In a rapid-fire style debate at Belmont University Monday, the gubernatorial candidates mostly took shots at the man widely perceived to be the front runner.
Knoxville Mayor Bill Haslam had to fend off barbs from his Republican rivals — U.S. Rep. Zach Wamp of Chattanooga and Lt. Gov. Ron Ramsey — as well as Democrat Mike McWherter.
The debate featured questions from across the state and in the audience at Belmont's Curb Events Center. It also featured two rounds in which the candidates could question one another. All but one of the questions in the head-to-head round were directed at Haslam, although McWherter got there in a roundabout way.
"Mayor Haslam raised property taxes in Knoxville and has refused to make a financial disclosure. … I think that's outrageous. I want to know what you think about that," McWherter asked Wamp.
The congressman, who has grown increasingly critical of Haslam as the Aug. 5 primary approaches, took the bait.
"He is the only one who chose not to turn over his tax returns. … This is a problem for Tennessee," Wamp said.
Mostly, the battle lines of Monday's debate were the same as they have been for most of the summer. Ramsey solidified his conservative credentials, frequently making pro-gun, low-tax points and referencing "Judeo-Christian values" and his own faith, while taking swipes at Wamp for voting for the second bank bailout and at Haslam for his ties to an anti-gun mayors' group started by New York Mayor Michael Bloomberg.
Wamp continued criticizing Haslam for not revealing his personal finances tied to his family's Pilot empire, but used one of his questions to ask the mayor about his work with Saks Direct, an Internet-marketing arm of the high-end fashion retailer.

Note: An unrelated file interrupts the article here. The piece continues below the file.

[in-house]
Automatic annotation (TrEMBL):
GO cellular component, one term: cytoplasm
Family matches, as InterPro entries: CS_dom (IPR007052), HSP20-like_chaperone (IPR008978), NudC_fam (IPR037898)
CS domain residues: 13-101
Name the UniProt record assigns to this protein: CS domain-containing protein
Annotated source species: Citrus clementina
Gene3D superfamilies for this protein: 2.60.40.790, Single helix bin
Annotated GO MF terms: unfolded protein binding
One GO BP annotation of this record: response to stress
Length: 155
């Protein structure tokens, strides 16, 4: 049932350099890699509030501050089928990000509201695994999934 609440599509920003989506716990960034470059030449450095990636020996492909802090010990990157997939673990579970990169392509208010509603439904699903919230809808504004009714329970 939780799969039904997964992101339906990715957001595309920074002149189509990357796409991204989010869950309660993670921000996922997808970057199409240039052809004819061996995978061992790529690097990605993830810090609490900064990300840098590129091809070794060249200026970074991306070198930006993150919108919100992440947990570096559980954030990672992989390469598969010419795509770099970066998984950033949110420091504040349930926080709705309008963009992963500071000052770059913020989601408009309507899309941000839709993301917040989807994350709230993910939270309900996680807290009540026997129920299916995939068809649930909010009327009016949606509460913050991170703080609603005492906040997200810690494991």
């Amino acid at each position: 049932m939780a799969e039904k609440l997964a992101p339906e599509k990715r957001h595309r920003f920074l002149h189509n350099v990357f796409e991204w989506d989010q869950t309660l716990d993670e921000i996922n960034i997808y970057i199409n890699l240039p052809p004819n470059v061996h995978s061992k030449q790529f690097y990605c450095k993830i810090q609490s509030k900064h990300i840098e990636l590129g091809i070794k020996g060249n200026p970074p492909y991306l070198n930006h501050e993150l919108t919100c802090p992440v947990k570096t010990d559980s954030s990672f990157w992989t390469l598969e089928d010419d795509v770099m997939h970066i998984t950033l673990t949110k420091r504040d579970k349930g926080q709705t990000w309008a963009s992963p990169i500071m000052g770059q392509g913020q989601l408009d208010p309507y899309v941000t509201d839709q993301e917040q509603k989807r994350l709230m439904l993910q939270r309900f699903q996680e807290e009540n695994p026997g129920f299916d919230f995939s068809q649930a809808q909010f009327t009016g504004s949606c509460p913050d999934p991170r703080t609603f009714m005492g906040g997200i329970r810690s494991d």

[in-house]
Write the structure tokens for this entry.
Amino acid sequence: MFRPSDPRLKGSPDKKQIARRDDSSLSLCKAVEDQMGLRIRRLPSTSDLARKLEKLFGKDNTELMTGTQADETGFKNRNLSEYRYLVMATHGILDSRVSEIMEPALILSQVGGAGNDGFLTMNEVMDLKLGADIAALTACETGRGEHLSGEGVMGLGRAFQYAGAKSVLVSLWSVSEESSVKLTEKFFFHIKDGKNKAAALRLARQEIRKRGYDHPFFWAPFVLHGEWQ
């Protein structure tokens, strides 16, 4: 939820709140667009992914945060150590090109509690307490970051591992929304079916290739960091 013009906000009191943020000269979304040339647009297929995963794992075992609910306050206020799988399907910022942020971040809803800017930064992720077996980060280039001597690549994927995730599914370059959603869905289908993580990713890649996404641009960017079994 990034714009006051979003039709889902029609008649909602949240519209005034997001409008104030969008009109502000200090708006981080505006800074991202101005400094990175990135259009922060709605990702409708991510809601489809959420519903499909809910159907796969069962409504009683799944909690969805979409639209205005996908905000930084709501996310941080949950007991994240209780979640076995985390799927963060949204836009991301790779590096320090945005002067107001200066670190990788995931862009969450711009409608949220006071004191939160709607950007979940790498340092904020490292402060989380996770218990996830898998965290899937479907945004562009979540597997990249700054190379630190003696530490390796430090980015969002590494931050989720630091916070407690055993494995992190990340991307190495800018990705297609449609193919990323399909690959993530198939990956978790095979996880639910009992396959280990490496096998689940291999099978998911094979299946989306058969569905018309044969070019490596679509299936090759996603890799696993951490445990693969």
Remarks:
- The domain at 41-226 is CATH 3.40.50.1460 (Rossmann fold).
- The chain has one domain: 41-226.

"You lost $35 million at Saks Direct," Wamp said.
Haslam said the team he built at Saks has gone on to be an industry leader in Internet marketing. While his ties to high fashion were dismissed quickly, his opponents — especially Wamp — kept his disclosure failure in their teeth.
Wamp said the billionaire Haslam family is trying to buy the governor's seat and said there could be conflicts of interest that may only emerge after the election.
The mayor was dismissive.
"I think the people of Tennessee know everything they need to know … I'm proud of Pilot," he said.
Haslam promised if elected he would put his investments in a "true blind trust," distinguishing from the "Venetian blind trust" former Gov. Ned McWherter once publicly desired.
McWherter, the only man on stage who is certain to be on the general election ballot, did little to distance himself from his Republican counterparts on so called "wedge issues" like immigration. All four men criticized the federal lawsuit against the state of Arizona for its controversial immigration law, and McWherter responded to an audience question about the teaching of intelligent design in public schools by saying it should be taught alongside evolution.
"I think there's a place to talk about evolution in our public schools, but I prefer a more traditional curriculum. We can blend science and religion in that regard. The two do not have to contradict each other," he said.
McWherter did take a stance on preserving and expanding pre-K education and lowering the state's sales tax on food, citing the latter as a place where Democrats and Republicans differ.
Post-debate, predictably, all four men stayed positive about their chances. Haslam hinted during the televised portion of the program that Wamp had already filmed and was ready to release a negative ad. Wamp didn't deny it, though he took issue with the term.
"I wouldn't call it a negative ad, but we can't let a lot of these claims go, quite frankly. … He's not what he says he is on guns, on taxes and on immigration," Wamp said.